Horror in Tehama
Horror came to Northern California on Tuesday morning, as a gunman rampaged through multiple locations, including an elementary school, shooting at random targets and killing at least four people.
Police described a chaotic scene in Rancho Tehama, in rural Tehama County, about 120 miles northwest of Sacramento: at least five crime scenes, after what began as a “domestic violence incident.” In addition to the casualties, at least 10 people were hospitalized, including children. Sheriff ’s deputies fatally shot the gunman. Authorities said he had a record of “prior contacts” with law enforcement.
Rancho Tehama joins a long and grisly list of communities that have been terrorized by similar acts of violence this fall.
Just last Sunday, a gunman attacked a small church outside of San Antonio during services, killing 26 people and injuring 20 more. Last month, a gunman in a high-rise hotel in Las Vegas opened fire on the crowd at a countrymusic festival below. The death toll there was 58. Hundreds more had their lives forever changed through injuries.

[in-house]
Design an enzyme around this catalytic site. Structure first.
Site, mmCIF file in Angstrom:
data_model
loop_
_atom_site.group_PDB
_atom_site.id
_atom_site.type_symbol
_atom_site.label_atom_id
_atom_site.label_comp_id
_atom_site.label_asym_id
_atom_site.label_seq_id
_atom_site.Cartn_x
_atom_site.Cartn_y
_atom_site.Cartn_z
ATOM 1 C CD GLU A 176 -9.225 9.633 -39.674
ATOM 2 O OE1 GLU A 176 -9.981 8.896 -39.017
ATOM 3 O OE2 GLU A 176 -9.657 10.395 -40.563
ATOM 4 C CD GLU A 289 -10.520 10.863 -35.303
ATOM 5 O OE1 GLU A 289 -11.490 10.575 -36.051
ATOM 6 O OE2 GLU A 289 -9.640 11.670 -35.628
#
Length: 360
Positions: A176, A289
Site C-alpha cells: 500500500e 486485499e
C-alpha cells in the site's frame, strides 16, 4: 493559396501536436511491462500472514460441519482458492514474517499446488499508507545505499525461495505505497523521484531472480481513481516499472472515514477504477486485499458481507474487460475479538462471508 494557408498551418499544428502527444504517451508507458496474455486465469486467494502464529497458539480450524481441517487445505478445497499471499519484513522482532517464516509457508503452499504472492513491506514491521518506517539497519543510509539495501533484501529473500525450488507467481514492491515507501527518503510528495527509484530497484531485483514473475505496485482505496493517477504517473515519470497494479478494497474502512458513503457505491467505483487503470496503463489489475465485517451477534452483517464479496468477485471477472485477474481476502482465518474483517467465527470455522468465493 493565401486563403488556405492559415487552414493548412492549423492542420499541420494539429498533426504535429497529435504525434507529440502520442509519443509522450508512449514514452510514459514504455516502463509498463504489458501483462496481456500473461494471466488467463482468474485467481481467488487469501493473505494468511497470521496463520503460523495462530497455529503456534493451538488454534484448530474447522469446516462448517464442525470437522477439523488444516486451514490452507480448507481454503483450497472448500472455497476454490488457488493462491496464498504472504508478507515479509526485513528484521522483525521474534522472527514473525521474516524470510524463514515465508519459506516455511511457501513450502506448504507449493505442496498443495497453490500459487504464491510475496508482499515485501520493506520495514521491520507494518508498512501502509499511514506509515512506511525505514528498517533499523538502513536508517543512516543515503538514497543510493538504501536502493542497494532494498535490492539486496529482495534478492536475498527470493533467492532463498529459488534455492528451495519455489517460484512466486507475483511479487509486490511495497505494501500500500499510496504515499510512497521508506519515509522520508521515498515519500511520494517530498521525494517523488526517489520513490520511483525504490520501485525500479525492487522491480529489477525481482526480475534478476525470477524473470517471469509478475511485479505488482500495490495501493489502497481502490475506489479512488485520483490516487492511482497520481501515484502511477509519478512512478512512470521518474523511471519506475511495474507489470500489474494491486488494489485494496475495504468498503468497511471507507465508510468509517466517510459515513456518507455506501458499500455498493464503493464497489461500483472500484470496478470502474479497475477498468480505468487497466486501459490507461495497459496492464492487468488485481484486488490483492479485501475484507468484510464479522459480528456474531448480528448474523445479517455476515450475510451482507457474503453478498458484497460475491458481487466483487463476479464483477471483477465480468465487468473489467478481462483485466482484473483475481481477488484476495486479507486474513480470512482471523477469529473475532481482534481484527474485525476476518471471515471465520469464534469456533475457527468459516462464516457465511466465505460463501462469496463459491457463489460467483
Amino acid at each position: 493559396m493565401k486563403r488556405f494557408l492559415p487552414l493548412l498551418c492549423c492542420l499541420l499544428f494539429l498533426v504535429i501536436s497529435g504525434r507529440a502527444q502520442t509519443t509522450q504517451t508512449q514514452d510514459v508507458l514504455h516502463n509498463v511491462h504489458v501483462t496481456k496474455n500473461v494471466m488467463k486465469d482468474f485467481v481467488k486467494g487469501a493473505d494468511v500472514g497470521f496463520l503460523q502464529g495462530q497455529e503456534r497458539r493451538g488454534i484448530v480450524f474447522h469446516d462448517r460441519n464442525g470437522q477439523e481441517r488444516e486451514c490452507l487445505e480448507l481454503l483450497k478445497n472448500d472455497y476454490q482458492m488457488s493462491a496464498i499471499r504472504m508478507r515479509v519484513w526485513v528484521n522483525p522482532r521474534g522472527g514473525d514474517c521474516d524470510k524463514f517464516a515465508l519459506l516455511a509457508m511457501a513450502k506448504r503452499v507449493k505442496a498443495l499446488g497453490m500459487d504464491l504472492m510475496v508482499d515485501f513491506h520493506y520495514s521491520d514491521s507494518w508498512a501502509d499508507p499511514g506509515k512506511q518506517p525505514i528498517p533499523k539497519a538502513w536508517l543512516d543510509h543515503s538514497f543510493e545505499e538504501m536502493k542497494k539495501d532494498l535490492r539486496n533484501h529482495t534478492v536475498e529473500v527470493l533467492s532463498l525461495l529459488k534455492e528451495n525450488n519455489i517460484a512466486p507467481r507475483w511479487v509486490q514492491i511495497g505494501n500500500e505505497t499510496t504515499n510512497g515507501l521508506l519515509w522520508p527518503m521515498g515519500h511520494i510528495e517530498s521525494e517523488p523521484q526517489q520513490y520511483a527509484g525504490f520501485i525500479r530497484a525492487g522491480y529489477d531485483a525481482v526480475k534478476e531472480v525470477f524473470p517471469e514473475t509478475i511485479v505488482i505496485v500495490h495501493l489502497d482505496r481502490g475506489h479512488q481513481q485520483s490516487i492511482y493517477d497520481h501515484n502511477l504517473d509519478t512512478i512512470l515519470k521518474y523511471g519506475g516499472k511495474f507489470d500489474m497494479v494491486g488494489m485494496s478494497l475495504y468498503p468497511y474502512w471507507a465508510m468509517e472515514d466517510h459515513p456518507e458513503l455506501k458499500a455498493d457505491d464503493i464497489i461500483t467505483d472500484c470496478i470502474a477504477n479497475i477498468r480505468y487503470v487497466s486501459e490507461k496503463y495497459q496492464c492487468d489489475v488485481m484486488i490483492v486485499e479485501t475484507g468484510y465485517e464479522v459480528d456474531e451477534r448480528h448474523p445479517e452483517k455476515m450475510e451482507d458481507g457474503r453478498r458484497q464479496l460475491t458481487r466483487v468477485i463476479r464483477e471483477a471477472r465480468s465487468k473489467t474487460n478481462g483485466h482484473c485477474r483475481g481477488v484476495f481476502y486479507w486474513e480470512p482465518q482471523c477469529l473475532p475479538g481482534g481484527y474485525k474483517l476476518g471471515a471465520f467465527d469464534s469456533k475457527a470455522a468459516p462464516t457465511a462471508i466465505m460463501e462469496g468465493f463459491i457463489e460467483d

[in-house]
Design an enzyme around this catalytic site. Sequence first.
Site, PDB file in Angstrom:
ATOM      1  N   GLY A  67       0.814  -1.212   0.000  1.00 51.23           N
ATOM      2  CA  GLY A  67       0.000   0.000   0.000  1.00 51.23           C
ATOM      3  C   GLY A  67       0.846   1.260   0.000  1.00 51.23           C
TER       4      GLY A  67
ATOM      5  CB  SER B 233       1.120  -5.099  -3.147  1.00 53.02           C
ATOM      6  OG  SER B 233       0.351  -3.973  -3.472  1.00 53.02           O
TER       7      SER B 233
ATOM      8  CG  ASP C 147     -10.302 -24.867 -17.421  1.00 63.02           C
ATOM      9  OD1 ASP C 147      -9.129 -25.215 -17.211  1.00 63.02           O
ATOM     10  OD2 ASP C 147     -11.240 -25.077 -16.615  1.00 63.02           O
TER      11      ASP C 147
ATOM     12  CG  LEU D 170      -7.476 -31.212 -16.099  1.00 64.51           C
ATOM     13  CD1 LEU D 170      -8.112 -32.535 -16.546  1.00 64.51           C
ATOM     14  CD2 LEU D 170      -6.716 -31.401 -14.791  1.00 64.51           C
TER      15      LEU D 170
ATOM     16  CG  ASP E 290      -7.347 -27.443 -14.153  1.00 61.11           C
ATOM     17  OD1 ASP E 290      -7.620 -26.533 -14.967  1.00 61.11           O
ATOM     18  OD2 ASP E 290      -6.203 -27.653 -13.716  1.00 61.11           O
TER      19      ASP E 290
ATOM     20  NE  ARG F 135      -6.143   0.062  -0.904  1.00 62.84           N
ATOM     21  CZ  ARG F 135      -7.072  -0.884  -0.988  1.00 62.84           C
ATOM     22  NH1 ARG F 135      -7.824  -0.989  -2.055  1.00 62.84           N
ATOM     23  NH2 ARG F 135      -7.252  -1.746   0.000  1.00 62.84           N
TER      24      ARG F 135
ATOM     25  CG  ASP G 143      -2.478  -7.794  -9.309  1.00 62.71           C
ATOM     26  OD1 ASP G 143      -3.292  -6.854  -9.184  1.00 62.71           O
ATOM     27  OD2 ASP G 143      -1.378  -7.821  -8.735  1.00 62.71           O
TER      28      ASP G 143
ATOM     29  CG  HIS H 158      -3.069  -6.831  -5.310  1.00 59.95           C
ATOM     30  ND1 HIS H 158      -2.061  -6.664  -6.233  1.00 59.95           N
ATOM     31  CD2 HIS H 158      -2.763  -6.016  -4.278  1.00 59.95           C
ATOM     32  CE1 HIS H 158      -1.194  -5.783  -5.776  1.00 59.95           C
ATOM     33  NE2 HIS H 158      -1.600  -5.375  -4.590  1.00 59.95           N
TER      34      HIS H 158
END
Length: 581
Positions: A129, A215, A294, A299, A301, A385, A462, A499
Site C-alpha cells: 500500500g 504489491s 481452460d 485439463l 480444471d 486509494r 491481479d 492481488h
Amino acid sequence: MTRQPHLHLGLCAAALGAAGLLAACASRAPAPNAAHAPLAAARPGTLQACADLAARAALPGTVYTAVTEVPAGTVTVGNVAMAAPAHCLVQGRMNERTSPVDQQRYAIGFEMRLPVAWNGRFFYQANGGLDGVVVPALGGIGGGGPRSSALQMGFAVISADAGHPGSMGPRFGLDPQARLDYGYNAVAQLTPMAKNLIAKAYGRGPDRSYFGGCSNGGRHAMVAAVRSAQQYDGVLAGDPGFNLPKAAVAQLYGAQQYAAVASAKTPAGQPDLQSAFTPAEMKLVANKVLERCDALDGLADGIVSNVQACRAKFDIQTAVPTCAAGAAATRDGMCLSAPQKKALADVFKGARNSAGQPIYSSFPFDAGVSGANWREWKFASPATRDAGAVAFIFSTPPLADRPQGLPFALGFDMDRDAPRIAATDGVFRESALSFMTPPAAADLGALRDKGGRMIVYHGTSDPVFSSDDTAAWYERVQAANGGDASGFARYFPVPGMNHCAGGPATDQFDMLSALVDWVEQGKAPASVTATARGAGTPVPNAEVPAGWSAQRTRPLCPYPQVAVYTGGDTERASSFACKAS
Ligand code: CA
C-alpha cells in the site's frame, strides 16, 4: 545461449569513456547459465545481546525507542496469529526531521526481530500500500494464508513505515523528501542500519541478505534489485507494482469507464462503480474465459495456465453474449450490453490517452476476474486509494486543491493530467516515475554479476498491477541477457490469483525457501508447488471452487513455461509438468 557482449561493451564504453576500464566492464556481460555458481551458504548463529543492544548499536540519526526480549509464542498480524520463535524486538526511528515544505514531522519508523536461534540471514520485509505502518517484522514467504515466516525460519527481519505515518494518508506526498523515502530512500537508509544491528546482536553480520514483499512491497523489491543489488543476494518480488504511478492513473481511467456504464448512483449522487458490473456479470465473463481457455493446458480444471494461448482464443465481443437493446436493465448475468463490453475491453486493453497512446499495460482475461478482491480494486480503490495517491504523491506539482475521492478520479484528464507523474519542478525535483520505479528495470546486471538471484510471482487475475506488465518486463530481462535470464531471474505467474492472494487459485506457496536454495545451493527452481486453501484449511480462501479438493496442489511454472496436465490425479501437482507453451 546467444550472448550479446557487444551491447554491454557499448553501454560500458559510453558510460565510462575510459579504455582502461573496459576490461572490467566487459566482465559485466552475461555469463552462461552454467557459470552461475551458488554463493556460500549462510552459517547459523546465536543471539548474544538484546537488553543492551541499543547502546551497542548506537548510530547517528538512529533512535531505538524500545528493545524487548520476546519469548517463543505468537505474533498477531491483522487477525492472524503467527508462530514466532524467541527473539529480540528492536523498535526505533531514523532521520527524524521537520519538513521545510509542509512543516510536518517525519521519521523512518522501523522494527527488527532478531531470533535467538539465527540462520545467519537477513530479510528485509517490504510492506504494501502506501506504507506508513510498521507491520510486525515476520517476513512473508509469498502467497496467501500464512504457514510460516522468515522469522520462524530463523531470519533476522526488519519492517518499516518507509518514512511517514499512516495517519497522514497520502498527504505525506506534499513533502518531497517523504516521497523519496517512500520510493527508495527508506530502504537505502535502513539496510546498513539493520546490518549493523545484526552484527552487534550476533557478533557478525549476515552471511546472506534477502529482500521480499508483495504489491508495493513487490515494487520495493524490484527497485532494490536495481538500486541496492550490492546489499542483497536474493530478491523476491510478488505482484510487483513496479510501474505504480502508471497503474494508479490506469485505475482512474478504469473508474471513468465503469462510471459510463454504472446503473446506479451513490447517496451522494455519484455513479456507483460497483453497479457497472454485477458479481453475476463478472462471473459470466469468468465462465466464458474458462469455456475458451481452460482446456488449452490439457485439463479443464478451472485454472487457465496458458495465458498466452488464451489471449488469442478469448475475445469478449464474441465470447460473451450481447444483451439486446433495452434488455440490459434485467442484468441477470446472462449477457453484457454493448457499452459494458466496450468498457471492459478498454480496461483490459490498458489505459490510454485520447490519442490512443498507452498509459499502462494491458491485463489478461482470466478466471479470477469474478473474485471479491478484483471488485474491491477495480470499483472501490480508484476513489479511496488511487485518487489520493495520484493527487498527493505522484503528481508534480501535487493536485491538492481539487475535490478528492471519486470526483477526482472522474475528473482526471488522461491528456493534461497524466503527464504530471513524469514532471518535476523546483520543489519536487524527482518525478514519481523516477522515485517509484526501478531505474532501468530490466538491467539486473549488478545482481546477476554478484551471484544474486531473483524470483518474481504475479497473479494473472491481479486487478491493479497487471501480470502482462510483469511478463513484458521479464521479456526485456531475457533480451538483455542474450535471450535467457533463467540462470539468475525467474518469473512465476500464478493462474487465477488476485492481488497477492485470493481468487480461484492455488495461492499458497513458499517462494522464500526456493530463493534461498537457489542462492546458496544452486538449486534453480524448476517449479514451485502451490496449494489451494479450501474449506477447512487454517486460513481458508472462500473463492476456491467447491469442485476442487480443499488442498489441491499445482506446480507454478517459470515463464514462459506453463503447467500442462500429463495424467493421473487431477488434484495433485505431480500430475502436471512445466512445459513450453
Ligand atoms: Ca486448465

Against this constant background of mass shootings and random gun violence, it can be difficult to remain outraged. Yet remaining outraged is crucial, because none of this has to happen.
We could choose, as a nation, to end this horrific cycle.
Gun control has been anathema to Washington politicians for decades. But there are tepid signs that this may be changing.
After the Las Vegas shooting, members of Congress — including Republicans — called for restrictions on “bump stocks,” the device the gunman used to accelerate the gunfire from his semiautomatic weapons. Surprisingly, the National Rifle Association joined the effort.
It was the smallest of steps forward. Banning bump stocks will not stop America’s mass shootings.
But it was a rare acknowledgment that gun control, which is a proven strategy to reduce gun violence around the world, might finally make progress in the U.S.
Parents shouldn’t have to fear for their children’s lives when they drop them off at school. Citizens shouldn’t have to fear for their own lives when they go to church, or the movies, or a concert. Our lives are at stake every single day that Congress does nothing.